Tags – How To Deal With Heat of the Moment Resignations
When an employee resigns in the heat of the moment, whether in an argument or under pressure in a difficult work situation, the employer must act with caution before relying on the resignation.
One reason being, is when the employee resigns while they were angry or upset, it might not have been a rational decision.
In these circumstances, managers should consider retracting the resignation once the employee has had time to calm down.
And, those who do not allow employees to retract heat of the moment resignations, could be at risk of an unfair discrimination claim.
For example, let’s say an employee resigns in frustration over childcare arrangements – there could be a discrimination claim here.
Similarly, if the employee has an underlying health condition, disability discrimination may apply.
When to Treat With Caution
And, when an employee uses ambiguous words such as ‘I quit’ or ‘I resign’ during the course of a heated argument, managers should be aware if there are special circumstances that have resorted to this.
For instance, where it is clear the employee is under extreme pressure – whether work related or not – it’s sensible to allow for a cooling off period.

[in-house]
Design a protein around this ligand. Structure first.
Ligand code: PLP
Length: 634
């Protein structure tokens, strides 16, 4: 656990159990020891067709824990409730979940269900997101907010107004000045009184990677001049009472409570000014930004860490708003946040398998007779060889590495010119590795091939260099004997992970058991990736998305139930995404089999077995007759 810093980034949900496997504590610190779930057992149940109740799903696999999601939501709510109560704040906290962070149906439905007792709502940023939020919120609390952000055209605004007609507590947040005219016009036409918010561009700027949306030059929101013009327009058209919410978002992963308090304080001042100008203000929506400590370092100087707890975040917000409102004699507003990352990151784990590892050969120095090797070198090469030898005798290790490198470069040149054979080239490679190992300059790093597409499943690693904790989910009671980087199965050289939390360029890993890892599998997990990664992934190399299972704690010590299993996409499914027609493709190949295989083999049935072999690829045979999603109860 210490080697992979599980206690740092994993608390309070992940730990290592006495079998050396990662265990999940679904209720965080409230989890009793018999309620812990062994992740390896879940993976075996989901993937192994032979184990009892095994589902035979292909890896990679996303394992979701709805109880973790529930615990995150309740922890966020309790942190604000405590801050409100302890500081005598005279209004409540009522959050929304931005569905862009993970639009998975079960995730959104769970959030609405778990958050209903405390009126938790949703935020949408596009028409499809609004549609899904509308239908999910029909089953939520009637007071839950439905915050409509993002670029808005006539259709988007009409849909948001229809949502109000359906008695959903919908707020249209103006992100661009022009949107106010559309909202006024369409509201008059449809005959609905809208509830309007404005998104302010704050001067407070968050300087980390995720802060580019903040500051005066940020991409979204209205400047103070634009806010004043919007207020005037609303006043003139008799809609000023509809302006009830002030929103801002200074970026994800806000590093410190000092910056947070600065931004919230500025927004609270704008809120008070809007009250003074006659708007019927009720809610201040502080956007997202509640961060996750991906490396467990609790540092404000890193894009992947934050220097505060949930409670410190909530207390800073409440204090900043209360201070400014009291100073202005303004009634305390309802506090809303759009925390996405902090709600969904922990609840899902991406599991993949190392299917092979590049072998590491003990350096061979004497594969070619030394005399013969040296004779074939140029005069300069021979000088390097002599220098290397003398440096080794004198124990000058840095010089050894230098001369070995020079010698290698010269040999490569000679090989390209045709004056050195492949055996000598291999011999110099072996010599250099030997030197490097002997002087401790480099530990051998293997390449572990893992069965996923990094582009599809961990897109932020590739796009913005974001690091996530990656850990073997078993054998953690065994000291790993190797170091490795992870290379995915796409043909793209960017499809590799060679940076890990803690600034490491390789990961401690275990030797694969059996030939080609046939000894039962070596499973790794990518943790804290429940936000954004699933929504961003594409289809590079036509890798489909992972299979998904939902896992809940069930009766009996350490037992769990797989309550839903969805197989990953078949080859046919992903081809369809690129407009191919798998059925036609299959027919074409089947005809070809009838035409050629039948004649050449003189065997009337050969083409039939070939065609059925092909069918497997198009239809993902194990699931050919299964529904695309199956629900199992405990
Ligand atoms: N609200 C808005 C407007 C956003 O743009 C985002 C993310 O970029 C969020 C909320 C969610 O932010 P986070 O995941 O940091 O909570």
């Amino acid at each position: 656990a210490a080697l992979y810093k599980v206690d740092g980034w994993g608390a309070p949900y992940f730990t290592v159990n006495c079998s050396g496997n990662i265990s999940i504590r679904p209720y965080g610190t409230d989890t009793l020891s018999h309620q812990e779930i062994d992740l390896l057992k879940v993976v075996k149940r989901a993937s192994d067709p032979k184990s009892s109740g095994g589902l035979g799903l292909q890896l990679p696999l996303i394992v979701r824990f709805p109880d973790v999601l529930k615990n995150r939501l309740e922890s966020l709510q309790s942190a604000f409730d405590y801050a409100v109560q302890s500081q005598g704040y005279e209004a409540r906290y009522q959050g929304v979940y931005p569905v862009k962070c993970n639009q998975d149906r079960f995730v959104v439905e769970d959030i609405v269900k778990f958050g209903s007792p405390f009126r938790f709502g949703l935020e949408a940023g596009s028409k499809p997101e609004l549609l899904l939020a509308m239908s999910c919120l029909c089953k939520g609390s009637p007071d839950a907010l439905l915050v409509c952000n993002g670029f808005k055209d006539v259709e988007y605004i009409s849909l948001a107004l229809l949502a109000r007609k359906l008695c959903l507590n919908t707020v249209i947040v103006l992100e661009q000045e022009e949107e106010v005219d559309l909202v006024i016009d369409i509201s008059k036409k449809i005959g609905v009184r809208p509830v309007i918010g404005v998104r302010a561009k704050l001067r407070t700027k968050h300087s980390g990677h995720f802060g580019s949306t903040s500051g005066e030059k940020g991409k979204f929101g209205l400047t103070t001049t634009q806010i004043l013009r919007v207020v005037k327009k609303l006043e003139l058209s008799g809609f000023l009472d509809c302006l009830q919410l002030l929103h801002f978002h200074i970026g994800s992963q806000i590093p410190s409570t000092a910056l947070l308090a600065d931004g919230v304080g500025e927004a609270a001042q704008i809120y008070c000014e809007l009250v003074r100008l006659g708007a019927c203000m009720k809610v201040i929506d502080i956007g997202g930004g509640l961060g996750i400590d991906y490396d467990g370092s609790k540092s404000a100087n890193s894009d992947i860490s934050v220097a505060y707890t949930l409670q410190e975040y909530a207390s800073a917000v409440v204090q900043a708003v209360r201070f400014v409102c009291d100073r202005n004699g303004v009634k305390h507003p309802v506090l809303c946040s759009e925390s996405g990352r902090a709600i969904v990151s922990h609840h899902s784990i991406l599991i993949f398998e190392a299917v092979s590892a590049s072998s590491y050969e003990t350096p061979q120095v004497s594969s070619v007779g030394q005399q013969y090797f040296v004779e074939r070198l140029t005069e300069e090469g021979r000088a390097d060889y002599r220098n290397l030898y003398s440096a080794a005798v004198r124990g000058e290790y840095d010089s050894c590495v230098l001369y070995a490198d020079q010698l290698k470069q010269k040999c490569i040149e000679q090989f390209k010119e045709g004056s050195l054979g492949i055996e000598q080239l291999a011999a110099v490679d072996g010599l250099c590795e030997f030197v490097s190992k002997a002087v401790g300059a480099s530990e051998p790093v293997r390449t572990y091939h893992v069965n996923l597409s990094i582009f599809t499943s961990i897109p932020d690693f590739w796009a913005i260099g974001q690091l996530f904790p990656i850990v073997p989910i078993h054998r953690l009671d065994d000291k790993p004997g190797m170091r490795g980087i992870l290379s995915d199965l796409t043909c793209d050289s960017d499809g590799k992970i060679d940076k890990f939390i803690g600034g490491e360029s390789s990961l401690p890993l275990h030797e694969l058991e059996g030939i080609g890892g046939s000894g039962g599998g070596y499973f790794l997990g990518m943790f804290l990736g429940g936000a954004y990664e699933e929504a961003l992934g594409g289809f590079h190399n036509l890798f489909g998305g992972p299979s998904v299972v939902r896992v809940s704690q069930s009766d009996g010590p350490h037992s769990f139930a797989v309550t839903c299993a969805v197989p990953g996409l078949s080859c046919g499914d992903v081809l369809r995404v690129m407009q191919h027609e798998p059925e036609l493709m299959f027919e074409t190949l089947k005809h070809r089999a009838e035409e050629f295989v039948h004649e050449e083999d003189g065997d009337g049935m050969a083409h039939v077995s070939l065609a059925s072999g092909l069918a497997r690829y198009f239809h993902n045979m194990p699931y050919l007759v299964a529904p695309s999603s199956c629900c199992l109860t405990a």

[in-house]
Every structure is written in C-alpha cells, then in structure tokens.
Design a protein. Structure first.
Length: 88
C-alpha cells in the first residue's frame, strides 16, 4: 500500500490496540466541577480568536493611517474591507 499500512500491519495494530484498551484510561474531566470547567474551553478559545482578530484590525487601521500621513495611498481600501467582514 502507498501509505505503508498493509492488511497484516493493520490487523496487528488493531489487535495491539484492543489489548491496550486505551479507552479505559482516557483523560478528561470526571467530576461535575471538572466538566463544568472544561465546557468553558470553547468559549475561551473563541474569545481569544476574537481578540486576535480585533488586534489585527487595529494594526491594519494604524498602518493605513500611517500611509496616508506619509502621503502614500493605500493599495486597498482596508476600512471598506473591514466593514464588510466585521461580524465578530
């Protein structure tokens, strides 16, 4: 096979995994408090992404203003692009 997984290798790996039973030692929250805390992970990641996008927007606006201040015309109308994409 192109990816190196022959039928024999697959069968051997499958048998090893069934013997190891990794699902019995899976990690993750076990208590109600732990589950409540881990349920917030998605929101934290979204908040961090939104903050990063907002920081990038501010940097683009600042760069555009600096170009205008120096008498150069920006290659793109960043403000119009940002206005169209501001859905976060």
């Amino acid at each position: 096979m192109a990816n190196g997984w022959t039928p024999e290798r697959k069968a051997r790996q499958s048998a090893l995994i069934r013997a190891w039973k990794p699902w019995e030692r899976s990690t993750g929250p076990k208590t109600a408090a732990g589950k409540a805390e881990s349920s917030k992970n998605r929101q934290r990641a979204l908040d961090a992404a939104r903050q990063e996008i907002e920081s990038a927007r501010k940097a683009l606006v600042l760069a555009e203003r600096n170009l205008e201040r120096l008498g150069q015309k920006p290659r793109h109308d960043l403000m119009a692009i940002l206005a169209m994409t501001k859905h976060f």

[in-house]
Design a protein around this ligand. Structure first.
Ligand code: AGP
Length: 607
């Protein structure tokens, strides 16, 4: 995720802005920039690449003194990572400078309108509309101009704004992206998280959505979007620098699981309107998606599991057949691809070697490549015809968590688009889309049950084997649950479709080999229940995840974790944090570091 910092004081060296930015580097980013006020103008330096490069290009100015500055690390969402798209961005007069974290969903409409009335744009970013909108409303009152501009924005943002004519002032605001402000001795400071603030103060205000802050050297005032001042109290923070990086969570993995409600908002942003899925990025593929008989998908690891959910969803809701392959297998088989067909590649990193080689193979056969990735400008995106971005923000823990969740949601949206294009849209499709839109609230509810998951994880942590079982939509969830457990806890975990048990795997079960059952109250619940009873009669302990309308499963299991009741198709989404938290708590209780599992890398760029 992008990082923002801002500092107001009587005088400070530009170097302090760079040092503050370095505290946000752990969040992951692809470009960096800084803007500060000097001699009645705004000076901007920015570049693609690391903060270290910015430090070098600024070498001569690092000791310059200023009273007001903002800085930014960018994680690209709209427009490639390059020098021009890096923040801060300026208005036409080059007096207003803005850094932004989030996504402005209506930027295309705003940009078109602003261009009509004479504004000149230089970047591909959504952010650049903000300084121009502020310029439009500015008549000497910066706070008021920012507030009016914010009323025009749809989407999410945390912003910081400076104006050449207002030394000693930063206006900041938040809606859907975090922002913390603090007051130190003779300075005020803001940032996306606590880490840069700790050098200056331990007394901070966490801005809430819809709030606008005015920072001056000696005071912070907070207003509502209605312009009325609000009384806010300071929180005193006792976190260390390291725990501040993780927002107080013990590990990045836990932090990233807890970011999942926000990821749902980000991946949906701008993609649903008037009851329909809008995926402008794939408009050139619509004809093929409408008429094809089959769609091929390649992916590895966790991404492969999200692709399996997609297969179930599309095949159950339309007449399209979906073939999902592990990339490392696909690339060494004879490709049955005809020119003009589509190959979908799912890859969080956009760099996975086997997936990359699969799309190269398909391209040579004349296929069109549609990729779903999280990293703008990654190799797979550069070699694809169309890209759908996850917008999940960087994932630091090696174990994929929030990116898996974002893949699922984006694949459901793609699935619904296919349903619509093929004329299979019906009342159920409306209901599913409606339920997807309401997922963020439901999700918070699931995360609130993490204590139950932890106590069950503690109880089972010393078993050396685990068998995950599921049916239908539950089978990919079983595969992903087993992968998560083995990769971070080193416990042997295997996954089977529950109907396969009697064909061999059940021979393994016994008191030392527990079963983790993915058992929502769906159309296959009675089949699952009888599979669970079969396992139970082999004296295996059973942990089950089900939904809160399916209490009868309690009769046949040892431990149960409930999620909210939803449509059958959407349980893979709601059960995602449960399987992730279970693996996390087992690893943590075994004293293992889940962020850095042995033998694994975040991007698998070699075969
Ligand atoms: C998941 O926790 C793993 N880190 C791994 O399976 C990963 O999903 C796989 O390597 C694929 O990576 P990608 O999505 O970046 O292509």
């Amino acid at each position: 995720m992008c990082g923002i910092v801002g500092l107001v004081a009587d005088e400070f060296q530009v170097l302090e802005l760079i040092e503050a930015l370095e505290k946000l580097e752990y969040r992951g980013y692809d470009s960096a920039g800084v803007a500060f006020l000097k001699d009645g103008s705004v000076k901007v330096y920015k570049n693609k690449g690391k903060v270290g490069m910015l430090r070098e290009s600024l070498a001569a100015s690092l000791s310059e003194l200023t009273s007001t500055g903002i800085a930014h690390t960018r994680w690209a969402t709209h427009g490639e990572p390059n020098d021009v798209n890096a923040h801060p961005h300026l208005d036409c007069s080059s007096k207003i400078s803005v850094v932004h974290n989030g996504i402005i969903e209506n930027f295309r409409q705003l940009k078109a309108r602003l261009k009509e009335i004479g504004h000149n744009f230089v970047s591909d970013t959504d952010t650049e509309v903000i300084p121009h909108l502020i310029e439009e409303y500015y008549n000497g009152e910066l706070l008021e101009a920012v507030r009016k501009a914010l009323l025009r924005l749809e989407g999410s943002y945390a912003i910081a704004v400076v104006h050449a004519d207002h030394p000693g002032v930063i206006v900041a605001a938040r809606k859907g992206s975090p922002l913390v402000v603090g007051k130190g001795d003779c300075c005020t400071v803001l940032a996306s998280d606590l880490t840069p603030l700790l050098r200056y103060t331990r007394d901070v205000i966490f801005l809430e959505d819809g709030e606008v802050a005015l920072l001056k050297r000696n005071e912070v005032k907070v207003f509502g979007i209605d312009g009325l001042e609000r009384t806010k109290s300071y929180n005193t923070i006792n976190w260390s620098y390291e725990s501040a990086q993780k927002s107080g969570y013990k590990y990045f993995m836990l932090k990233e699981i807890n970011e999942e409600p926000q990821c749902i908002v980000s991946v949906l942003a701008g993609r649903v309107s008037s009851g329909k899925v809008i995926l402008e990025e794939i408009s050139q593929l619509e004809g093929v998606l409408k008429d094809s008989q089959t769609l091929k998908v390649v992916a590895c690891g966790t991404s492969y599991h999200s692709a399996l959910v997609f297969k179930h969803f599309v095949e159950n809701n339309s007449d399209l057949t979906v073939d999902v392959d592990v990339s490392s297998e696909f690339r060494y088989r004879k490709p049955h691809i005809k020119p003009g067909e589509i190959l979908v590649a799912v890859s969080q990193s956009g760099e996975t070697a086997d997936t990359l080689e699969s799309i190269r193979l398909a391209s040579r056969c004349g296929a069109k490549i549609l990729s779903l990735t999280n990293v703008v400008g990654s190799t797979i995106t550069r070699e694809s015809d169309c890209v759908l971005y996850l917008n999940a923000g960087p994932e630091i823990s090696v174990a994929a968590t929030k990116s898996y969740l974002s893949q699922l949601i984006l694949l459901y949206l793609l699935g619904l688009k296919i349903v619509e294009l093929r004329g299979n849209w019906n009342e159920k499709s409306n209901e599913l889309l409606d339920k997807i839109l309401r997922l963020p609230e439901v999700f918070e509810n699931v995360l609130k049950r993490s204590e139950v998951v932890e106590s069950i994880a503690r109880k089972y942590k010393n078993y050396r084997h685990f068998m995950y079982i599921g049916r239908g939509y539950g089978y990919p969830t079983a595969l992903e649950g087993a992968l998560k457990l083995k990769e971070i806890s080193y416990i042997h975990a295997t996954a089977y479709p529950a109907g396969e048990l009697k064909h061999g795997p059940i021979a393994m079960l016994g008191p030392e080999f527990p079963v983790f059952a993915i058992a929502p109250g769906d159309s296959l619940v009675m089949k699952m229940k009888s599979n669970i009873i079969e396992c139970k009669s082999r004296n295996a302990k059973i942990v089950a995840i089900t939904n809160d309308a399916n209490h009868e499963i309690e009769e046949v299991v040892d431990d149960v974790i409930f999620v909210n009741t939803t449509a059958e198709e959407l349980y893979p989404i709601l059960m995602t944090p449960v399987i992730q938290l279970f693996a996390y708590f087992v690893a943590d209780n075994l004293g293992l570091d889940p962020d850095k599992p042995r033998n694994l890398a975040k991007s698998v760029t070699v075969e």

If an employee resigns in a circumstance like above, allow reasonable time to elapse before accepting resignation at face value; usually a day or two is sufficient.
Doing so, gives you time to probe the employee for more details before making a decision.
With this in mind, if the employee’s intentions are not clear cut, arrange a meeting to hear their thoughts once they have calmed down, so you’re better placed to take the next step.
It’s worth noting, a hasty resignation note that has been jotted down, rather than a verbal ‘I quit’, should be treated in the same way.
Overall, this guide reinforces the need for a cooling off period and clear communication with the employee once the heat of the moment has passed.
Consequently, ambiguity can lead to misunderstandings and costly legal battles, so resist the strong temptation to accept the resignation at the time, as it could be the wrong decision.
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